This is just one example of how things have changed over the past couple of years. I don’t blame the church or its leaders because they are trying to be helpful and provide general guidance to their followers. I don’t plan to throw away everything I learned as a Mormon. I still feel that dating in groups at young ages is wise, even if I don’t believe there’s anything magical or sacred about the age 16.

But Kim and I know our daughter better than any prophet or church leader, and we are in the best position to advise and guide her through her teenage years. This experience has made me reconsider a number of topics on which the church takes a particularly harsh and vocal stance. One of those issues is the church’s stance on homosexuality. I was taught it was a choice and an abomination before God, and I’m happy our children won’t grow up hearing such harmful language in church.

The good news is that our nation is growing more accepting of groups who have been historically marginalized. We’ve got a long way to go, but I like what I’m seeing in our youth who hear about the church’s stance on some social issues and wonder what all the fuss is about. Of course, everyone regardless of their sexual orientation should have the same rights as everyone else. Of course, women should have as many opportunities to serve in leadership positions as men do. And no, God didn’t place a curse of black skin on a group he deemed unrighteous no matter how many prophets claim such nonsense or how many times the curse is mentioned in the Book of Mormon.

These and other social issues are non-issues to most of the kids I meet. They strive to be accepting and loving and inclusive. Maybe one day the church will be just as progressive. But it’s too little, too late for our family. We’ve found happiness working through a number of difficult and complex issues together. Topics we thought were settled by the church are back on the table and open for discussion. It’s interesting that leaving the church has brought our family closer together.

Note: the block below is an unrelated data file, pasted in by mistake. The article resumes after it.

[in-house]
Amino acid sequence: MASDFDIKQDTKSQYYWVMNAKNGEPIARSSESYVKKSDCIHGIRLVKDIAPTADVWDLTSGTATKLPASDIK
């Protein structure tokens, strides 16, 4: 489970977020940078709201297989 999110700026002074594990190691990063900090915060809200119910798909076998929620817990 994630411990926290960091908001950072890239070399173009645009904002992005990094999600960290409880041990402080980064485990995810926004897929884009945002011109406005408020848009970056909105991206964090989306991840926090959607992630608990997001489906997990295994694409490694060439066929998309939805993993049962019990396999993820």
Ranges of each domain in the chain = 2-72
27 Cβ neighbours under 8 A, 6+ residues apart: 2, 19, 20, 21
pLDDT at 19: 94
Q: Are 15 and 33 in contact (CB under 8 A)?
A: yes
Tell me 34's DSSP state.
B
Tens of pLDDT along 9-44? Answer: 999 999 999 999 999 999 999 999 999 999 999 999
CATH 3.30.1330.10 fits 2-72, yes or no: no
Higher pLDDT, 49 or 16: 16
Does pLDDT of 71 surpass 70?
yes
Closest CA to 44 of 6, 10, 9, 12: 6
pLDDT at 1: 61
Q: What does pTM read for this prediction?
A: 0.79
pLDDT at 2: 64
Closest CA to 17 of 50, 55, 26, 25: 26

Standing Outside the Temple

My grandparents on both sides of my family lived in Bountiful, or about 30 minutes from our home in Ogden, Utah. We visited them often. My grandpa Tingey was the first person I knew who owned an Atari 2600, and I spent many hours sitting on my knees at a wobbly card table playing Asteroids, Combat and Blackjack.

While the Tingeys were Mormon, my father’s parents were not, and I understood this at an early age, because they committed a major sin: they drank coffee! I loved to smell the coffee as I entered their home, but was reminded how breaking God’s health law could have a lasting impact on my body and soul.

Tingeys would attend special church milestones such as baptisms and confirmations. When I turned 12-years old and was ordained a deacon, the Tingeys gave me a leather-bound bible for my birthday and a matching Book of Mormon for Christmas. My grandmother took the time to write a note on the first page of each book stating how much she loved me and how she hoped I’d get closer to Christ by reading each book. She was a loving grandmother who made me feel like I was the most important person in the world when we sat around her dining table eating Snelgrove’s ice cream.